An Alliance for Freedom?

Republican strategist Grover Norquist insists the Leave Us Alone Coalition is alive and well.

Born in 1956 and raised in Massachusetts, Grover Norquist is the unofficial head of what he calls the “Leave Us Alone Coalition,” a loose affiliation of people and groups dedicated to, as the subtitle of his new book Leave Us Alone puts it, “getting the government’s hands off our money, our guns, our lives.” The coalition, Norquist writes, “will triumph in the long unending struggle to define America. But there will be bad election years, disappointing candidates, bad breaks, and undeserved luck on both sides. There will be wars and recessions. There is nothing inevitable about our moving toward the city on a hill Ronald Reagan spoke of: a nation of individual liberty and economic prosperity that shares its vision of the good life through example, not empire.”

A diehard Republican who rarely misses an opportunity to criticize the GOP (see the above passage), Norquist has run Americans for Tax Reform, an advocacy group that calls for lower and lower taxes, since 1985. ATR is perhaps best-known for pushing hard, and successfully, for the reduction of top marginal tax rates from 50 percent to 28 percent in 1986 and for asking candidates to sign its “Taxpayer Protection Pledge,” a vow never to increase marginal tax rates. Norquist orchestrates a famous Washington, D.C.-based “Wednesday meeting” in which various members of the Leave Us Alone Coalition come together to share information, argue, and stoke their limited-government enthusiasm. (During the Clinton years, the Wednesday meeting was known as the weekly gathering of the “vast right-wing conspiracy.”)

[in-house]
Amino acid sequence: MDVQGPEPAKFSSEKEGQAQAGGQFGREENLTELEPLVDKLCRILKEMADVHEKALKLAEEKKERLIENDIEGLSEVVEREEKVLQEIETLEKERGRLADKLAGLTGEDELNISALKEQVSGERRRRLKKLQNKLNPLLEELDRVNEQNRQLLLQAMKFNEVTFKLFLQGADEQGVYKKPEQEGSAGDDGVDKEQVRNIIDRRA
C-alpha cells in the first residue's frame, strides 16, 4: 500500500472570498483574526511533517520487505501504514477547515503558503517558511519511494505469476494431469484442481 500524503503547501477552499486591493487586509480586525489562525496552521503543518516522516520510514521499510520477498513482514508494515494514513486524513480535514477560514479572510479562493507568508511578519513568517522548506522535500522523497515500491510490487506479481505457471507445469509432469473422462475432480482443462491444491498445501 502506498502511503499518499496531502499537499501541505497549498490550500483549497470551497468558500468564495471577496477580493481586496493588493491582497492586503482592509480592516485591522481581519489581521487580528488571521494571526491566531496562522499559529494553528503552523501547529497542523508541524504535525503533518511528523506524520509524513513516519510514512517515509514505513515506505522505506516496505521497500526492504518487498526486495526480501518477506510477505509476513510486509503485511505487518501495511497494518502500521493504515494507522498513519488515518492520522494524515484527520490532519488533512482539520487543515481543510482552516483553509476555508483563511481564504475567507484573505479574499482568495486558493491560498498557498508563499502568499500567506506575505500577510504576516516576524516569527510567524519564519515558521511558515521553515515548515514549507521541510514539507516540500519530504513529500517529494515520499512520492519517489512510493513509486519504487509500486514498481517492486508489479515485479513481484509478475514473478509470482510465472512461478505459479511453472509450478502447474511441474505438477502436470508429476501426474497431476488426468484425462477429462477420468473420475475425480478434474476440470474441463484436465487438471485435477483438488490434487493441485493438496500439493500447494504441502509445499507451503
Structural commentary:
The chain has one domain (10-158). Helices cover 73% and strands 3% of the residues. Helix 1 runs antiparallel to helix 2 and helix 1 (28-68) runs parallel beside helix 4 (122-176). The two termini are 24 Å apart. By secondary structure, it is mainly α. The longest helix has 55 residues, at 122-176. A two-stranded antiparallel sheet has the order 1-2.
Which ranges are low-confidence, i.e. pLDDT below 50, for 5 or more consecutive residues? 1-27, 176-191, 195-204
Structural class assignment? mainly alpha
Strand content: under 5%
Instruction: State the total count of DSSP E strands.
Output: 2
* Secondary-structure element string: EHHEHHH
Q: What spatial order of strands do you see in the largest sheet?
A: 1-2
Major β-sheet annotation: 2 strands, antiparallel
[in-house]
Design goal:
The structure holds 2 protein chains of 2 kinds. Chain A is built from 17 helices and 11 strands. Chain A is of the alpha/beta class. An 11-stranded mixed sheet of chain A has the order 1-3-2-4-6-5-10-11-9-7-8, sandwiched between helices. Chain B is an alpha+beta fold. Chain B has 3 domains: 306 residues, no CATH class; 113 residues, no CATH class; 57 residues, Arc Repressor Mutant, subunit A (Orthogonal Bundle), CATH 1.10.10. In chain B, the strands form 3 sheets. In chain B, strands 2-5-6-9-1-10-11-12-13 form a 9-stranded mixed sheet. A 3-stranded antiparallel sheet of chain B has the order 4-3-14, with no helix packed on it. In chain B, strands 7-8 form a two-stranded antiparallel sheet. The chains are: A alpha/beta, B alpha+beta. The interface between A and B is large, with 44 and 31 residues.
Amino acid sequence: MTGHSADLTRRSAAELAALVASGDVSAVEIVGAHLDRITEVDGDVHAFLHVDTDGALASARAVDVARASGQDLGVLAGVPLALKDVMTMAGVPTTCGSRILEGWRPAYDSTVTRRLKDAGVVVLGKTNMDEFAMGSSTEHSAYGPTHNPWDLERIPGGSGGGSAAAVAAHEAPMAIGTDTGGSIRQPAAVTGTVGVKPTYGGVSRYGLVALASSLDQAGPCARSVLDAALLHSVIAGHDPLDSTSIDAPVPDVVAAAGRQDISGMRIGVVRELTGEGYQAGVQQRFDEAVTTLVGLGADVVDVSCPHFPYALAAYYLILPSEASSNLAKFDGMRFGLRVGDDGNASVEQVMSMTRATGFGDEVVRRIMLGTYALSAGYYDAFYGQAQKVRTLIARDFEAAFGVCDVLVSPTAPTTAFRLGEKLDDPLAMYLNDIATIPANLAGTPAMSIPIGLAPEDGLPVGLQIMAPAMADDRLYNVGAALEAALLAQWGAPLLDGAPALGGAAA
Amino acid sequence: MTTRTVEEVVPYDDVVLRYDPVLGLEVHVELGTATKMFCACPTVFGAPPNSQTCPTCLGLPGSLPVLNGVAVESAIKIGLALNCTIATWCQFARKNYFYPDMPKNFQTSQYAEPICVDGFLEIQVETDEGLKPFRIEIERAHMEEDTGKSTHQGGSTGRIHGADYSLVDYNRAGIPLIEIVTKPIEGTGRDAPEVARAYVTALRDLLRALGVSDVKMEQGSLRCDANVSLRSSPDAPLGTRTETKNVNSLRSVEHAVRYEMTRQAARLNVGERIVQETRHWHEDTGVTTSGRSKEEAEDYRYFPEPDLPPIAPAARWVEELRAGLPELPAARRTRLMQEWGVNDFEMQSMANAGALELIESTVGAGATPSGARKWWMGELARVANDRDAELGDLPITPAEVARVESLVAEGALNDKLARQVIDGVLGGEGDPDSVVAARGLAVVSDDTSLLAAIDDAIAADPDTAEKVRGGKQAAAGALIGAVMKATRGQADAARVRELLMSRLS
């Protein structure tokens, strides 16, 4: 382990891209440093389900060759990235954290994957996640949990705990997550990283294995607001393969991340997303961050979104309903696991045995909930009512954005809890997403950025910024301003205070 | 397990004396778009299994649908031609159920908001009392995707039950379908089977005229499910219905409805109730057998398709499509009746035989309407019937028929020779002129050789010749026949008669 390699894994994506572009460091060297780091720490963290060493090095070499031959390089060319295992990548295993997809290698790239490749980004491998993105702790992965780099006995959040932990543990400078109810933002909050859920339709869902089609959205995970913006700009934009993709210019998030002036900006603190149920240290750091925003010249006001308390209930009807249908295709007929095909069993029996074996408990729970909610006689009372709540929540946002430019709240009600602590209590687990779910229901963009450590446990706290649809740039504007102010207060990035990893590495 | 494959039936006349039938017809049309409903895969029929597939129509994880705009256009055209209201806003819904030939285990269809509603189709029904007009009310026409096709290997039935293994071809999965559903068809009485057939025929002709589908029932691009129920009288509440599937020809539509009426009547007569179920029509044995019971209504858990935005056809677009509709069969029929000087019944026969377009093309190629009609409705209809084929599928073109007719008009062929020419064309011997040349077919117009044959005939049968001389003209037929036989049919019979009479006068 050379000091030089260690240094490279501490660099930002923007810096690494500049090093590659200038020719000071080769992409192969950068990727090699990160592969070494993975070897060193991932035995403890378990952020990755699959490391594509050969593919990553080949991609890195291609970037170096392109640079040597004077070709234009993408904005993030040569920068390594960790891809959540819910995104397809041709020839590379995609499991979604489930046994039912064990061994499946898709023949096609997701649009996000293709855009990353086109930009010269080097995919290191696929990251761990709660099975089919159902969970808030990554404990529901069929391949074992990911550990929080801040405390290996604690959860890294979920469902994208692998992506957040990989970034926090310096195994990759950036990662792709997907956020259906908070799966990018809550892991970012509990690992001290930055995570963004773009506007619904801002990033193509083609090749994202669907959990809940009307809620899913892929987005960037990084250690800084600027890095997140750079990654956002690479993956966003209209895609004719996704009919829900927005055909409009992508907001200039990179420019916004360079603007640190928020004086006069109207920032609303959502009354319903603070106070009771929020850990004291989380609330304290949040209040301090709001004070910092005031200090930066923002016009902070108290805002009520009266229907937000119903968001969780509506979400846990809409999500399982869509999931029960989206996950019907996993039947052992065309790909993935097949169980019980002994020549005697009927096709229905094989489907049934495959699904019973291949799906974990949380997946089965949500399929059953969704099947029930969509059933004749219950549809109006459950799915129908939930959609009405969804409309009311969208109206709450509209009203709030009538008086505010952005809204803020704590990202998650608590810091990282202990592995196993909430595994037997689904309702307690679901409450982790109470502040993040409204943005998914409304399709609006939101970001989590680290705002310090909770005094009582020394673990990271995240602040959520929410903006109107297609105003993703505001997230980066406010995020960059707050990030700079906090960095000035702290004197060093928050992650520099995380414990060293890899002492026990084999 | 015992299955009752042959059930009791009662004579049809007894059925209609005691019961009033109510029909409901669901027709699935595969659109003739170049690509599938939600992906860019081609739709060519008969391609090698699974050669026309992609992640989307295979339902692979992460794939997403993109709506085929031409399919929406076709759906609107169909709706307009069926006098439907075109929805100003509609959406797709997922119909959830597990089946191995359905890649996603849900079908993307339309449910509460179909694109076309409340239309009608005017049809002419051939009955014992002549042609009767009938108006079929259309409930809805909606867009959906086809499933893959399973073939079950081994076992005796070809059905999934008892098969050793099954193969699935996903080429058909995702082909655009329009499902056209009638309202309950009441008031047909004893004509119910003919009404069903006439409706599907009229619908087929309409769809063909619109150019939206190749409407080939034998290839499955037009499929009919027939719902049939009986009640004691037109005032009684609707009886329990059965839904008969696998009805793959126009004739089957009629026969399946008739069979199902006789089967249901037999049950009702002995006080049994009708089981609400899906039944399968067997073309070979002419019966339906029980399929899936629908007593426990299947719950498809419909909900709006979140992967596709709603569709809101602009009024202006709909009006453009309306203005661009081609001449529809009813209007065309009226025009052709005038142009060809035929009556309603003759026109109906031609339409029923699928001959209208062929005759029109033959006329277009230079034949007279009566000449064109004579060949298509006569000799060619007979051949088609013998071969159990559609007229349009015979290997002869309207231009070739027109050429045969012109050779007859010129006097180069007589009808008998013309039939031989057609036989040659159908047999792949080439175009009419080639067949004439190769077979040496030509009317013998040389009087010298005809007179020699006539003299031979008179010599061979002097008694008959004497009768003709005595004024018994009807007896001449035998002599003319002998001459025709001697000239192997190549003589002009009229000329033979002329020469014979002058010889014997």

Over the years, Norquist has worked with people ranging from felonious lobbyist Jack Abramoff to Angolan guerilla leader Jonas Savimbi to former Speaker of the House Newt Gingrich to consumer advocate Ralph Nader. (He collaborated with Nader recently on an initiative to promote transparency in government spending.) He is without a doubt one of the most influential figures in Washington during the last 25 years.

In May, Norquist sat down with Editor Nick Gillespie to discuss his book, the future of partisan politics in the U.S., and more.

Video of the interview is online at Comments can be sent to

reason: What’s the basic proposition of Leave Us Alone?

Grover Norquist: It’s a description of the center-right coalition in American politics, the Reagan Republicans’ conservative coalition as opposed to the “Takings Coalition” of the left.

The idea of the Leave Us Alone Coalition is that everybody is there because on the issue that moves their vote—not all issues; they’re not all libertarians—but on the issue that moves their vote, what they want from the government is to be left alone. So around a table [are] the guys who want their money left alone, their guns left alone, their family left alone, their faith left alone, their homeschooling left alone. They’re in on one issue, the one they vote on.